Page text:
What are the mysteries behind the Roman dodecahedra?
July 13, 2019
The dodecahedra are objects of mystery and beauty. They scream, “I have a purpose.” But what is it?
If I were a Roman male living in the second or third century Anno Domini, what would possess me to design and make bronze casts of small spheres—open metalwork orbs with twelve sides, each side a pentagon?
On each point of the pentagon surface, I would put a round knob or prong. I would have spent some time smoothing and polishing my molds, to have beautiful finished products.
I would have carried them with me all over Europe when conquering kingdoms, and I would have left them there in the dirt—accidentally or on purpose—for people to find later, when gardening, raising buildings, farming and such.
That is what happened in Britain, Belgium, France, Germany, Netherlands, Switzerland, Austria and Hungary. Farmers, and anyone digging, began turning these dodecahedra up, in the soil. It has been happening for decades, even centuries.
Some left their finds loitering around the house. Some made inquiries. Those that did were told that they were not artifacts of their own country, they are Roman. The early Romans brought them there and left them there.
The dodecahedra are from two centimeters to eleven centimeters in width. They are compared to the sizes of large olives, golf balls or baseballs, at the largest. The designs are all different. The knobs are different. The open holes in the sides are different sizes, but opposite each other, which contributed to the theory that they may be measuring devices. Measuring what?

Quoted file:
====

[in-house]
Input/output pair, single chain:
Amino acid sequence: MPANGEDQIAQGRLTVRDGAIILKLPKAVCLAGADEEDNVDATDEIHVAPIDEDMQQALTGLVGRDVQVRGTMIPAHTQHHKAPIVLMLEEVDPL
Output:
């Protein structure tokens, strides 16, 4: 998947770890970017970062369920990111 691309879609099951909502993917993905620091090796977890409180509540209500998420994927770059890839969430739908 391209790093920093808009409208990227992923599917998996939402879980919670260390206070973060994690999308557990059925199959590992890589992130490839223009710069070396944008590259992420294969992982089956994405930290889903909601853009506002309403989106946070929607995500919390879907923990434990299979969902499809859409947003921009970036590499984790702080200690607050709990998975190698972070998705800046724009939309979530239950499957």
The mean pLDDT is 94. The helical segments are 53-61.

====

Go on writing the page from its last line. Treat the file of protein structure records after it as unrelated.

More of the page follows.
No one knows to this day the actual purpose of these gizmos. Romans did not leave a written account of them, either, or represent them artistically.
My first thought, was that because of the use of metal and the care taken to make them, they must be a unit of exchange, a type of money. They are really too unhandy for that purpose and Romans already had good coins for that purpose.
Some feel they were devices used to determine the best month to plant or harvest a crop.
Are they game pieces, such as dice or jacks to relieve boredom on travels? That is a theory. Since some wax was discovered on only one of these found items, some jumped to the conclusion that they were candle holders.
Were they used for viewing and measuring distances? Not likely, because they are not of a standardized size!
Were they projectiles to be used with sling shots? Possibly.
Why would they have been made so elegantly, just for that purpose?
Why did other cultures not borrow their design and copy them for their own purposes, if the purpose were worthwhile and innovative? There is no evidence they did. They are strictly Roman.
There are internet videos of people now using these ancient artifacts for knitting machines. They seem to work, but why would Roman men sit around and knit?
There are other similar found Roman objects of different designs, all geometrical. Some are solid, not open, and some are knob-less.
To me the dodecahedra are objects of mystery and beauty. They scream, “I have a purpose. I am not just a pretty bauble.” Yes, but what is it?
Sara Marie Hogg is the author of It Rises from the Pee Dee. Please click HERE to find the novel on Amazon.